Ambassador Vijay S. Makhan
at the International Conference on Financing Development
Mr. Chairman, Honorable Ministers Distinguished Ladies and Gentlemen
I bring to this Conference the greetings of Africa"s premier institution:
the Organization of African Unity. Let me at the risk of sounding extremely
negative underscore a few truisms about my Continent, Africa:
But perhaps the most graphic manifestation of the worsening poverty situation in Africa is the growing ravages of deadly diseases, including malaria and tuberculosis, which are again on the increase but specially HIV/AIDS. Of the 36 million people living with HIV/AIDS in 1999, over 25 million were in Africa. In the year 2000, the region recorded almost 2.5 million HIV/AIDS related deaths.
At the dawn of the new millennium, the greatest challenge facing Africa is the eradication of poverty and the achievement of sustainable development. It is against the background of such stark reality that Africa expects so much from this Conference and hopes that it would not go the way of previous international efforts that promised so much but in the end offered so little, that the impact on African development remained insignificant.
The deepening crisis of development in Africa is paradoxically occurring in a period of rising global prosperity that has been fostered by rapid developments in information technology and increasing flows of trade and capital. Africa has to a large extent been excluded from the benefits of globalization although not from its risks and pains. The global economic system can only be sustainable if it becomes more inclusive and equitable by addressing the problems and concerns of the weaker members. This Conference on Financing for Development offers a unique opportunity for doing this.
Putting in place adequate measures for speedy attainment of internationally agreed goals, including those contained in the Millennium Declaration is necessary for the emergence of a more equitable and sustainable world economic order.
I wish to suggest that removing obstacles to poverty eradication in the contemporary African context requires concerted actions by Africans themselves and their development partners. What we need is an effective and an efficient partnership based on mutual trust and mutual accountability, a partnership predicated on honesty in relationship!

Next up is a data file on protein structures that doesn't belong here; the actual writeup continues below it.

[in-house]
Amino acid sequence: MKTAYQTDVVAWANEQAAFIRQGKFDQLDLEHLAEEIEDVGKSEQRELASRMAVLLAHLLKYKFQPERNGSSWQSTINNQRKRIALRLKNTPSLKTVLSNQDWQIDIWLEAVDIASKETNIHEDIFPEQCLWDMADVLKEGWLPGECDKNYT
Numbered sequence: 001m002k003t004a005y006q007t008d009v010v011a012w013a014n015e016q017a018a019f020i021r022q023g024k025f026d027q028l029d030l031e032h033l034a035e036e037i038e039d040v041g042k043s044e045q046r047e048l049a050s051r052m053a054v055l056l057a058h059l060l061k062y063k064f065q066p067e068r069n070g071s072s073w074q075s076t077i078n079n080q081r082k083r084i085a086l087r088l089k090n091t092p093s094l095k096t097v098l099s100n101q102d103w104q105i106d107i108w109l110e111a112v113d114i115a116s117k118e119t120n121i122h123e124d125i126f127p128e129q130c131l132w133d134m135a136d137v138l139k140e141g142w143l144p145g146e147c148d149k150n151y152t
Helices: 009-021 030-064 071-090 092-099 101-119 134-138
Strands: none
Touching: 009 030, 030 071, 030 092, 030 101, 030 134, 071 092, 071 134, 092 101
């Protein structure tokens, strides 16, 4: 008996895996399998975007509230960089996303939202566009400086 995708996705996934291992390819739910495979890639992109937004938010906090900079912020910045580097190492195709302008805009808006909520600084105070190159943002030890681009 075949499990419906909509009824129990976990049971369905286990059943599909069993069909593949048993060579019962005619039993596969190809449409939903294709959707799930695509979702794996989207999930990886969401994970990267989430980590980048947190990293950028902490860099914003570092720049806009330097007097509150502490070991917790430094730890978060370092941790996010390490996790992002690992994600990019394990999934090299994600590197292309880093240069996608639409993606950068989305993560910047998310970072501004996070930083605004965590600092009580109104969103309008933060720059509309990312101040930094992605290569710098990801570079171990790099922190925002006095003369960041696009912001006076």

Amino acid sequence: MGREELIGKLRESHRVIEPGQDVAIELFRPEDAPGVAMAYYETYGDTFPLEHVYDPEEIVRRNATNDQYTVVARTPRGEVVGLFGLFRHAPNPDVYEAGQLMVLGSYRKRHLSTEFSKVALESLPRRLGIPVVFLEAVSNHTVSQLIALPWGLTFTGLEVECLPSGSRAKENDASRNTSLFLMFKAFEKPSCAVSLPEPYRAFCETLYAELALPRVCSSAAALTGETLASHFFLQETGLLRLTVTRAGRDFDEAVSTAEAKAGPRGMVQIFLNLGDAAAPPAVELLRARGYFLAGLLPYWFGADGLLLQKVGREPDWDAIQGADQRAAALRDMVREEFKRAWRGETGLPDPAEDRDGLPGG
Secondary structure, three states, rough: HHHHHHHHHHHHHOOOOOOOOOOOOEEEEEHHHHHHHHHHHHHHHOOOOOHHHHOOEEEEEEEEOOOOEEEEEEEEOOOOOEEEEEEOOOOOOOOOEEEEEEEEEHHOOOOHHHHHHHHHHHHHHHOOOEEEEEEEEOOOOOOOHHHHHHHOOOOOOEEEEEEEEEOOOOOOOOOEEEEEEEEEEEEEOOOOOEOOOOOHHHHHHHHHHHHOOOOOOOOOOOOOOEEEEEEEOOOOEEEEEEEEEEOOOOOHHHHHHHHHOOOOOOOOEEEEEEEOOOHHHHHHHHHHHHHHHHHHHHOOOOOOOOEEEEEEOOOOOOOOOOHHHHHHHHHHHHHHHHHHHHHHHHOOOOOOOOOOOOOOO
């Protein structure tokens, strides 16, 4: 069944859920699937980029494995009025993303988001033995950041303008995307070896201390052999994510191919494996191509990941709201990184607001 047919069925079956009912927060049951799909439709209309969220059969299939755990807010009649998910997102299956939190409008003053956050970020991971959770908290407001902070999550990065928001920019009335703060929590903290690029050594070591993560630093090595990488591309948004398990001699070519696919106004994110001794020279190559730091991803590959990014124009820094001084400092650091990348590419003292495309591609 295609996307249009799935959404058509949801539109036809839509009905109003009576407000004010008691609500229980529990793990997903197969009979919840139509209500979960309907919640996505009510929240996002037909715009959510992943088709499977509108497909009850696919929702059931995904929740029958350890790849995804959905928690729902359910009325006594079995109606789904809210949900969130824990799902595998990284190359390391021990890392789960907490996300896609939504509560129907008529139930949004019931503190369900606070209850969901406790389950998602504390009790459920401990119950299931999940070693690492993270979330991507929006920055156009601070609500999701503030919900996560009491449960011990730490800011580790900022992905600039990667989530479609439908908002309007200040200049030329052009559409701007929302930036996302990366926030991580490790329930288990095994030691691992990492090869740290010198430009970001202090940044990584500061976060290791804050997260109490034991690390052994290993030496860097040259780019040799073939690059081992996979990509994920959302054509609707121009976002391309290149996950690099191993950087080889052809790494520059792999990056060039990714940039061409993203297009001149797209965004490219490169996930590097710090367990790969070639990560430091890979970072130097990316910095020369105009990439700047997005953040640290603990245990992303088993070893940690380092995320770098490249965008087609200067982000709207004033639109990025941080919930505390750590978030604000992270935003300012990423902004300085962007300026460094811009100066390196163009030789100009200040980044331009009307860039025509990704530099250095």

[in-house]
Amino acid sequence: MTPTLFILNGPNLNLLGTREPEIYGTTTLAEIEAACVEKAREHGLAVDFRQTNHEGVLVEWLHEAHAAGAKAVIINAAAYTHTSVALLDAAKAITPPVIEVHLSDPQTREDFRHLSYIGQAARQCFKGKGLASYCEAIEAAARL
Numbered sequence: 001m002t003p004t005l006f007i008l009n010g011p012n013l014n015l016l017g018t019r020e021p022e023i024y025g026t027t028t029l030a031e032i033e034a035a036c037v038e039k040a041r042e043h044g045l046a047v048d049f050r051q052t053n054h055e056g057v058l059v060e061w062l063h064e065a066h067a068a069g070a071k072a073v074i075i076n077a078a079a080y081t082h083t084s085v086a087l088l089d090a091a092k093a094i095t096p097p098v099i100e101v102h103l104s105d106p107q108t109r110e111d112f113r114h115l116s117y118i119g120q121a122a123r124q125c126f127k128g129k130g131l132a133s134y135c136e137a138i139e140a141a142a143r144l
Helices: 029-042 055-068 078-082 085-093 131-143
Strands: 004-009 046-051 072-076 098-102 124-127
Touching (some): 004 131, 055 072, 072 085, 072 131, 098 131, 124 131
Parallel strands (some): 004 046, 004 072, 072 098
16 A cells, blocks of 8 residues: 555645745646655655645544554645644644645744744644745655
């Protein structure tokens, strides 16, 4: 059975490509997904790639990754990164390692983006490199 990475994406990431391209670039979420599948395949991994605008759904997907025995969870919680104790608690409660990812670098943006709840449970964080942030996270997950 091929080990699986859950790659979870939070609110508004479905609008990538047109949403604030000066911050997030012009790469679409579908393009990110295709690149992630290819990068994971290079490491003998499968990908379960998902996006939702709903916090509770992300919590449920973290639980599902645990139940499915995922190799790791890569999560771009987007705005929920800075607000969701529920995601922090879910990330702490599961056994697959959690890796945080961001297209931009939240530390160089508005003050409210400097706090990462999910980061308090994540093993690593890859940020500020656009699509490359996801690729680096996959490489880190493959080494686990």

Mr. Chairman, a good policy environment has been put in place in most countries of the region, thanks to economic reforms and improvements in the structures of governance - reforms undertaken at great social and political costs to our people. To emphasize their determination to continue to implement these reforms, African leaders at the Summit meeting of OAU held in July 2001 in Lusaka adopted - the New Partnership for Africa"s Development (NEPAD). At the same Summit, the African Union (AU) was launched as the successor to the OAU - the first Summit of the AU is scheduled to take place in July this year in South Africa.
The AU aims, among other objectives, to accelerate the process of economic integration among African countries and to facilitate the integration of the Continent into the wider global economy.
The paradox however is that African efforts have not been sufficiently complemented by the international community. For example the flows of ODA and FDI have declined in the last two decades when countries in the Continent needed them most.
That is why we welcome the Monterrey Conference in the hope that it
would offer a framework for increased financial flows to Africa.
Let me flag some of the issues which I believe this Conference must
adequately address to generate the resources which African countries need
for the promotion of sustainable development and attainment of millennium
development goals - issues which are of common knowledge to all those concerned
and indeed are readily acknowledged:
The OAU Council of Ministers which concluded its 75th Ordinary Session
on Friday 15 March 2002 in Addis Ababa, appeals to this Conference to move
in that direction.
Statements at the Conference